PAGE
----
Posted by: David Kiley on January 25, 2008
The White House drug office will run an ad during the Super Bowl that tries to make parents more aware of prescription drug abuse by children.
The ad features features a drug dealer complaining that his business is down because kids are taking drugs they find in their medicine cabinets. It ends with an announcer saying: “Teens don’t need a drug dealer to get high, safeguard your prescriptions. Safeguard you teens.”
Watch the ad here.
Congress has become less and less supportive of the ad effort because, starting about ten years ago, it was brought to the attention of key members of Congress that there was no proper peer-reviewed research that showed a link between the ad expenditures and drug use. Ironically, the cuts have led the drug office, perennially stubborn in making the link, to suspend a second campaign aimed at parents and influencers and to concentrate on teens. While there is no bonafide, peer-reviewed research showing the effectiveness of the ad campaign on teen drug use, there has historically been pretty solid tracking studies showing heightened awareness on the part of parents from ads directed at them, which in turn tends to lead to closer involvement by parents in watching kids’ behavior and starting more conversations.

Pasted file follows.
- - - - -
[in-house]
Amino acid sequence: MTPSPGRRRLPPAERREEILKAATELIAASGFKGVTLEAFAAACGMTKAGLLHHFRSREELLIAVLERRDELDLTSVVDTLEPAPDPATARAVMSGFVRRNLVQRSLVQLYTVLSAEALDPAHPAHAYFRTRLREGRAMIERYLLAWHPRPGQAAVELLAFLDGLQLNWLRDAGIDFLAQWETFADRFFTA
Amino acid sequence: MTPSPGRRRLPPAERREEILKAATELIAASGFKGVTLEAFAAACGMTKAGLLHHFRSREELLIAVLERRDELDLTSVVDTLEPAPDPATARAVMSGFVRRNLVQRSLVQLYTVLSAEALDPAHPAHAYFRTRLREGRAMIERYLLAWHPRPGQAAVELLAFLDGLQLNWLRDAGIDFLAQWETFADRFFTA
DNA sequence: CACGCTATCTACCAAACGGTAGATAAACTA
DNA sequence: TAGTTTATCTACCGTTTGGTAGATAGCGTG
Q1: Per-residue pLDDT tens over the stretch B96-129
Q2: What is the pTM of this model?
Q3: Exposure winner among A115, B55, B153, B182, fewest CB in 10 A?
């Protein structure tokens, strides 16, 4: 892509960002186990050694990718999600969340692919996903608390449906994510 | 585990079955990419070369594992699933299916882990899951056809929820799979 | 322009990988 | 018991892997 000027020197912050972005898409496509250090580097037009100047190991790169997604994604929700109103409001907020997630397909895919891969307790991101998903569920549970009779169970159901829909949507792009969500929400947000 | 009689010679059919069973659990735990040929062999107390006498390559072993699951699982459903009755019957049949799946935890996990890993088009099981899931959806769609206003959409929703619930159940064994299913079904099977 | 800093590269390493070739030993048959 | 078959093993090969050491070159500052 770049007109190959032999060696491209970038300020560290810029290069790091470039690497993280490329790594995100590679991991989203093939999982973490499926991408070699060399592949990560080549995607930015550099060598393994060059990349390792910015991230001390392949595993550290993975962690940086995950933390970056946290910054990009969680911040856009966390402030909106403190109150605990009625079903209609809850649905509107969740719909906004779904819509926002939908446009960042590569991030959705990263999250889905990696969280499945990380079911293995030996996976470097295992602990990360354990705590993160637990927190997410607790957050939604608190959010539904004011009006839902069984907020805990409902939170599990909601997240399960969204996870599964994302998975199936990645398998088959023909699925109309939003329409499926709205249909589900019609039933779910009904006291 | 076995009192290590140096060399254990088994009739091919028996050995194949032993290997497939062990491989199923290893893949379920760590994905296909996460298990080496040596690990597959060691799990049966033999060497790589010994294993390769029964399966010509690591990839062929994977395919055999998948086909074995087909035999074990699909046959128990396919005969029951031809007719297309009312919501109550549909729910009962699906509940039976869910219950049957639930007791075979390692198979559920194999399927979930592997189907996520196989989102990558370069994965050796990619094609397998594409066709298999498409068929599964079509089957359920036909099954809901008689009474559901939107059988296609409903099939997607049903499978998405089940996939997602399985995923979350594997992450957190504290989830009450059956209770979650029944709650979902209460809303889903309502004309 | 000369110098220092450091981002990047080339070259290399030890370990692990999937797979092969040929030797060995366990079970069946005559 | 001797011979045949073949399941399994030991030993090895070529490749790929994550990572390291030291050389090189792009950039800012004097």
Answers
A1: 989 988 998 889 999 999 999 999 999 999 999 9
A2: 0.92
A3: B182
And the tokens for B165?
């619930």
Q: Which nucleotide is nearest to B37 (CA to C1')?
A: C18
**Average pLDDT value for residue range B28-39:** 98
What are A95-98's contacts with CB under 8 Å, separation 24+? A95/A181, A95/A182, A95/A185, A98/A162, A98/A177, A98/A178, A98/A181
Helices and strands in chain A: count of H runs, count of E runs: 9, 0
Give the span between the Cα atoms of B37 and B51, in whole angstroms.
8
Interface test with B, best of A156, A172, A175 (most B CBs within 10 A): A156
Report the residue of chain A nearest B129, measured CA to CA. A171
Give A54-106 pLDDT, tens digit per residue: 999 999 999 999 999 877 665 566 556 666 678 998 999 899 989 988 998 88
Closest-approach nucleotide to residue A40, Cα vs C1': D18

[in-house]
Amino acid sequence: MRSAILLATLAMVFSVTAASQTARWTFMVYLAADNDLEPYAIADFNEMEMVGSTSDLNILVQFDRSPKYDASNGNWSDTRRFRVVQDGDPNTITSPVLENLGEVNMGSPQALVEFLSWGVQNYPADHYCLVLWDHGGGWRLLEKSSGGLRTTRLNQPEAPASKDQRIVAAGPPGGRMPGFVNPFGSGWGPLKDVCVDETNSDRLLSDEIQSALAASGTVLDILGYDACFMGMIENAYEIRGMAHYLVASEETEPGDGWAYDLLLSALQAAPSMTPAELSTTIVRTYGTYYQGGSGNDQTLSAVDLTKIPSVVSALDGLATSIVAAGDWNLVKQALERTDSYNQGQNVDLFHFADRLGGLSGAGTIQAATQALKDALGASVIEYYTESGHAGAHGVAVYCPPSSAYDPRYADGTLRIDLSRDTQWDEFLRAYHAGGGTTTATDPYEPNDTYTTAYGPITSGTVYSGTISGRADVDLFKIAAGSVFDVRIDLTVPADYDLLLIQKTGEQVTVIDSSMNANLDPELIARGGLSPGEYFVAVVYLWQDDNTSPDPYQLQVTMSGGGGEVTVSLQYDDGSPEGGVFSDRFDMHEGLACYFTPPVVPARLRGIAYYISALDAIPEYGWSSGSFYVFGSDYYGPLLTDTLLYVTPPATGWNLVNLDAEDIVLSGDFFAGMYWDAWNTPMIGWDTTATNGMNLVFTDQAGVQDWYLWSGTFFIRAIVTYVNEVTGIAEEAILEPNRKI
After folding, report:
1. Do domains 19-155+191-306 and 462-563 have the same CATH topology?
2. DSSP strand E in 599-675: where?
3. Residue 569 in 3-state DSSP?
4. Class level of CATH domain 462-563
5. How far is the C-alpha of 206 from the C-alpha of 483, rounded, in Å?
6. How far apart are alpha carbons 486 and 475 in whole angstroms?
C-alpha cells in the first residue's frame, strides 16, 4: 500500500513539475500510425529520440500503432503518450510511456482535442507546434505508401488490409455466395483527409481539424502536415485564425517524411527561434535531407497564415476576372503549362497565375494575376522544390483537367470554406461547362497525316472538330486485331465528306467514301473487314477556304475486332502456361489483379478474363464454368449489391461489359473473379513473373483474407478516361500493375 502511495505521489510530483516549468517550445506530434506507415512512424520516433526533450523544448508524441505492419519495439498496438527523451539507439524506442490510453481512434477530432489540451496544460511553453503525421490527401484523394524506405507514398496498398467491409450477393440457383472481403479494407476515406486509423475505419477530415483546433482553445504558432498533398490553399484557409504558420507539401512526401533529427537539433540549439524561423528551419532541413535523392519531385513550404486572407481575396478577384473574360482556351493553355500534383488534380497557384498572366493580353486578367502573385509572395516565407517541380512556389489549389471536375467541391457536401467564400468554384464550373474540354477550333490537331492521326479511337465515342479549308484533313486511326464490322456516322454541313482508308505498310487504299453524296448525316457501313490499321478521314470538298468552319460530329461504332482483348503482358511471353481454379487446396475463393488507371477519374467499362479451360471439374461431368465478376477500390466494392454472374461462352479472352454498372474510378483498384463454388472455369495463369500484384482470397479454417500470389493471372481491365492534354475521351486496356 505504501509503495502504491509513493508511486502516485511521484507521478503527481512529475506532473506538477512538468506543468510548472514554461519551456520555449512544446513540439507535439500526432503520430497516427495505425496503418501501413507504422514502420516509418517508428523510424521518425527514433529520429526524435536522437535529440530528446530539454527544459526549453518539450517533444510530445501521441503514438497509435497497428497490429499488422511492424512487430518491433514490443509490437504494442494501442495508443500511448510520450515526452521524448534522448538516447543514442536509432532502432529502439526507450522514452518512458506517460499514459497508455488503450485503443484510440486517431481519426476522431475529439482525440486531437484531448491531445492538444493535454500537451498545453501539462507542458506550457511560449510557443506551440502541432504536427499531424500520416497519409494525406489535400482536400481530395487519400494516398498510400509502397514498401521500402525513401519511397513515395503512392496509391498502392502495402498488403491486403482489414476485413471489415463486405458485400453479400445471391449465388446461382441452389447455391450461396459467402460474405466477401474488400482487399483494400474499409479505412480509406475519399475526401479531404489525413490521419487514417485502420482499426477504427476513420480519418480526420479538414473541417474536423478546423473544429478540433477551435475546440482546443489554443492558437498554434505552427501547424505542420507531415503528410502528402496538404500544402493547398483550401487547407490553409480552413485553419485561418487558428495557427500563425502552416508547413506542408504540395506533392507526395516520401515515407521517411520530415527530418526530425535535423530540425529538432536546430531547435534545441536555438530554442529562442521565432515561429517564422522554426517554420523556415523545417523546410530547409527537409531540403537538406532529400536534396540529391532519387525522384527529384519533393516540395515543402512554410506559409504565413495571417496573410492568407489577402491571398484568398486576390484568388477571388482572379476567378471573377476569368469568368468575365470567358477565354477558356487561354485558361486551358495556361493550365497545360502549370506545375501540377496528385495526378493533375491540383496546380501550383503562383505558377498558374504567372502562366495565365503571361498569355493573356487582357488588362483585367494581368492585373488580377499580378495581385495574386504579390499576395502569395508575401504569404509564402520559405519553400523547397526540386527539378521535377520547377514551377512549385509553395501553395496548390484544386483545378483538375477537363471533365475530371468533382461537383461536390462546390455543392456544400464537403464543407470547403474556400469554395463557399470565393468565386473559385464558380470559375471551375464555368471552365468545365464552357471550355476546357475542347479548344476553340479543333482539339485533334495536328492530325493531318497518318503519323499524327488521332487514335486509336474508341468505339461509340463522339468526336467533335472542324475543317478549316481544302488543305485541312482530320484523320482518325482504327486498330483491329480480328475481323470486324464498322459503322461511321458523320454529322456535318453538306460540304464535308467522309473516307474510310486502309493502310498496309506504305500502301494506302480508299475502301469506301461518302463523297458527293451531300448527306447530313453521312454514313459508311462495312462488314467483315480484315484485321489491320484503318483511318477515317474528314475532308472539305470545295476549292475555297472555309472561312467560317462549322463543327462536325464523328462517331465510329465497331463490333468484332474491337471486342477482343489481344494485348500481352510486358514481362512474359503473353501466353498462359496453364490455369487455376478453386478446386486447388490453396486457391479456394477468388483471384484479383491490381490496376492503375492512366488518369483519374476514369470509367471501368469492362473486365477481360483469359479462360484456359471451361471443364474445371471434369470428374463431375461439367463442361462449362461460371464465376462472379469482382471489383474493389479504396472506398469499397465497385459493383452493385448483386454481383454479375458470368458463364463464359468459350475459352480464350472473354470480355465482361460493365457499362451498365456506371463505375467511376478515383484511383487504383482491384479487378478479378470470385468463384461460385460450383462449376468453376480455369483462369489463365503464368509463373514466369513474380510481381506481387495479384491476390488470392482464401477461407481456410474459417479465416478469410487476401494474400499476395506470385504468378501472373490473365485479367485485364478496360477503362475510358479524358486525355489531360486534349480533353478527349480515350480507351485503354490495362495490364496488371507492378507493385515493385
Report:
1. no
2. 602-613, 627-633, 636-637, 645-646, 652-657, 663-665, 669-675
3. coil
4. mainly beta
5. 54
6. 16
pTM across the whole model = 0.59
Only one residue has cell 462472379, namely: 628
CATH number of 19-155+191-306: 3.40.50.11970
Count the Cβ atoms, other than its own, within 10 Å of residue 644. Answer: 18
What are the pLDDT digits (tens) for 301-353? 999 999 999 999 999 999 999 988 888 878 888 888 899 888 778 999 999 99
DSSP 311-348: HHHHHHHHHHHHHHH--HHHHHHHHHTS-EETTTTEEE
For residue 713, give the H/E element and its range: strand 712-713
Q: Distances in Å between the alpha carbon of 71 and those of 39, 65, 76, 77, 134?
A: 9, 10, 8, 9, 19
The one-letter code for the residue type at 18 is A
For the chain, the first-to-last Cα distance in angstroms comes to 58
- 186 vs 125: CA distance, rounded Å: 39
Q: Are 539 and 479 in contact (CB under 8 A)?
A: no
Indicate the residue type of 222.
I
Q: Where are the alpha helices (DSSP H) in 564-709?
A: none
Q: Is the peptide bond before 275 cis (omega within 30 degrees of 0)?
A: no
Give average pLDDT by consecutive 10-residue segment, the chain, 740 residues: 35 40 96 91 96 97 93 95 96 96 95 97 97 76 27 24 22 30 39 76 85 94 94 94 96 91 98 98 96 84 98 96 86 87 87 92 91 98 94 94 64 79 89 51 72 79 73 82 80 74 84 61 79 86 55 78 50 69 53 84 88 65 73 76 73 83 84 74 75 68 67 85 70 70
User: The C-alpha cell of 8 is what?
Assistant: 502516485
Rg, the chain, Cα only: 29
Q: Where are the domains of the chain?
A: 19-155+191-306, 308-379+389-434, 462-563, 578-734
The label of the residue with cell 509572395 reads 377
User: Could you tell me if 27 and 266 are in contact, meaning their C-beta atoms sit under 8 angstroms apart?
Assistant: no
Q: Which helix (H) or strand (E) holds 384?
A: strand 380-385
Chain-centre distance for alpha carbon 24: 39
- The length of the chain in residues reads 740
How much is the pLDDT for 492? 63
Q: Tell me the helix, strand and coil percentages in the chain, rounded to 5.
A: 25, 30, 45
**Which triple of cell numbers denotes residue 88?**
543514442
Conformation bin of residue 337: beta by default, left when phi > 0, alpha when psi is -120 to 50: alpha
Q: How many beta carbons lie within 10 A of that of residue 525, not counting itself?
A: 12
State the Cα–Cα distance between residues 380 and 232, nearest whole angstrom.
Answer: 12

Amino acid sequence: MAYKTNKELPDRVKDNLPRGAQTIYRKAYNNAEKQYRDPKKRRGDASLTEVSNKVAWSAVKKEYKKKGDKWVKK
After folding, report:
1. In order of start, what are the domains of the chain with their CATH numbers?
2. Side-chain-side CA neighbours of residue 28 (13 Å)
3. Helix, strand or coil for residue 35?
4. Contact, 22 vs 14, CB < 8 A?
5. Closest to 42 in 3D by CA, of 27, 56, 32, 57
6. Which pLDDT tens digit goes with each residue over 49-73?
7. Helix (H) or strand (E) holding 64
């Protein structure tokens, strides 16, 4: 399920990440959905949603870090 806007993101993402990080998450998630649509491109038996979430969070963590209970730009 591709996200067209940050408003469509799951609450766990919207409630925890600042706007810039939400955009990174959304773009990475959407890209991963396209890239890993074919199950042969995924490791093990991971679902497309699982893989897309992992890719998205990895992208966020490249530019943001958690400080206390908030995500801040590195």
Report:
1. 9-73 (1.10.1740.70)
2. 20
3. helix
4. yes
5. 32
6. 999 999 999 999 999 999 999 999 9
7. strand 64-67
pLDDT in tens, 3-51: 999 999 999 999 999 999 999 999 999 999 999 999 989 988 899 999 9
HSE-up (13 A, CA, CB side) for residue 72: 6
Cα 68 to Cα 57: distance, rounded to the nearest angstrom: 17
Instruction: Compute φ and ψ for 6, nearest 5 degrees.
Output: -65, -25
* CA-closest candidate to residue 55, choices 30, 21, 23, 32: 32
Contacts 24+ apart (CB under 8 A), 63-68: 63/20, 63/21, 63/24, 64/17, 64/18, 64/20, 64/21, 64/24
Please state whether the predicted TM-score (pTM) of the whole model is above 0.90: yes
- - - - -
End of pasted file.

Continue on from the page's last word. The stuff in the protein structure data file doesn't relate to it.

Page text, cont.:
According to the Ad Age story: “Teen drug abuse has gone down sharply — marijuana over 26% in the last six years,” said Thomas A. Riley, a drug office spokesman. “Teen meth has gone down too, says Riley. “The only thing that hasn’t gone down is prescription drug abuse. These ads are intended to shock and surprise parents and put this on their radar screen.” Those stats may be true, but there is nothing legitimate and peer-reviewed proving linkage between the ad efforts and the results